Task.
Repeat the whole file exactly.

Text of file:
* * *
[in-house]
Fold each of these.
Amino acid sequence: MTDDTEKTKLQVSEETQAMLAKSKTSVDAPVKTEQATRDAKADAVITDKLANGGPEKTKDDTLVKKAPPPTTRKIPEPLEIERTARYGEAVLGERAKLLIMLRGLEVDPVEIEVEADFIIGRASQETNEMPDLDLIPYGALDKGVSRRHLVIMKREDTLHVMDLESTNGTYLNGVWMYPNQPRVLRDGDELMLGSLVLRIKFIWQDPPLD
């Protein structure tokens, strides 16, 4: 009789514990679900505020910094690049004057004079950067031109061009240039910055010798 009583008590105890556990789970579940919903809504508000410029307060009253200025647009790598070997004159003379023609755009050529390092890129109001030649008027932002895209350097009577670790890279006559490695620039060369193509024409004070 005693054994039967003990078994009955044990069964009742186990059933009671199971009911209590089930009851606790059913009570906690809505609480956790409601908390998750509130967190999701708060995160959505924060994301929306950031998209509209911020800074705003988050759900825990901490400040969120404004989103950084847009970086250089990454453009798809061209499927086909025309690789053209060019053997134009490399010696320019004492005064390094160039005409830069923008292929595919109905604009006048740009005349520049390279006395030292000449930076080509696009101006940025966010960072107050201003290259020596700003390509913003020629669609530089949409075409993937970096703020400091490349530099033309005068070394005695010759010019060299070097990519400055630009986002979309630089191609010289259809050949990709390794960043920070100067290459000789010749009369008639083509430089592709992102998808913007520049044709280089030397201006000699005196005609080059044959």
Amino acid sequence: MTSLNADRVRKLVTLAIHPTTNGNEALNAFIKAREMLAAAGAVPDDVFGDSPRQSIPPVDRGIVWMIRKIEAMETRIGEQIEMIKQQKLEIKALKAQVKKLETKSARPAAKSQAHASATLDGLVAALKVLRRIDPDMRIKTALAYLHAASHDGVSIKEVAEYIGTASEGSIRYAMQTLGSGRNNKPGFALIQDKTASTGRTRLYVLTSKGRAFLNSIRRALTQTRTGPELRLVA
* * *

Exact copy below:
[in-house]
Fold each of these.
Amino acid sequence: MTDDTEKTKLQVSEETQAMLAKSKTSVDAPVKTEQATRDAKADAVITDKLANGGPEKTKDDTLVKKAPPPTTRKIPEPLEIERTARYGEAVLGERAKLLIMLRGLEVDPVEIEVEADFIIGRASQETNEMPDLDLIPYGALDKGVSRRHLVIMKREDTLHVMDLESTNGTYLNGVWMYPNQPRVLRDGDELMLGSLVLRIKFIWQDPPLD
């Protein structure tokens, strides 16, 4: 009789514990679900505020910094690049004057004079950067031109061009240039910055010798 009583008590105890556990789970579940919903809504508000410029307060009253200025647009790598070997004159003379023609755009050529390092890129109001030649008027932002895209350097009577670790890279006559490695620039060369193509024409004070 005693054994039967003990078994009955044990069964009742186990059933009671199971009911209590089930009851606790059913009570906690809505609480956790409601908390998750509130967190999701708060995160959505924060994301929306950031998209509209911020800074705003988050759900825990901490400040969120404004989103950084847009970086250089990454453009798809061209499927086909025309690789053209060019053997134009490399010696320019004492005064390094160039005409830069923008292929595919109905604009006048740009005349520049390279006395030292000449930076080509696009101006940025966010960072107050201003290259020596700003390509913003020629669609530089949409075409993937970096703020400091490349530099033309005068070394005695010759010019060299070097990519400055630009986002979309630089191609010289259809050949990709390794960043920070100067290459000789010749009369008639083509430089592709992102998808913007520049044709280089030397201006000699005196005609080059044959």
Amino acid sequence: MTSLNADRVRKLVTLAIHPTTNGNEALNAFIKAREMLAAAGAVPDDVFGDSPRQSIPPVDRGIVWMIRKIEAMETRIGEQIEMIKQQKLEIKALKAQVKKLETKSARPAAKSQAHASATLDGLVAALKVLRRIDPDMRIKTALAYLHAASHDGVSIKEVAEYIGTASEGSIRYAMQTLGSGRNNKPGFALIQDKTASTGRTRLYVLTSKGRAFLNSIRRALTQTRTGPELRLVA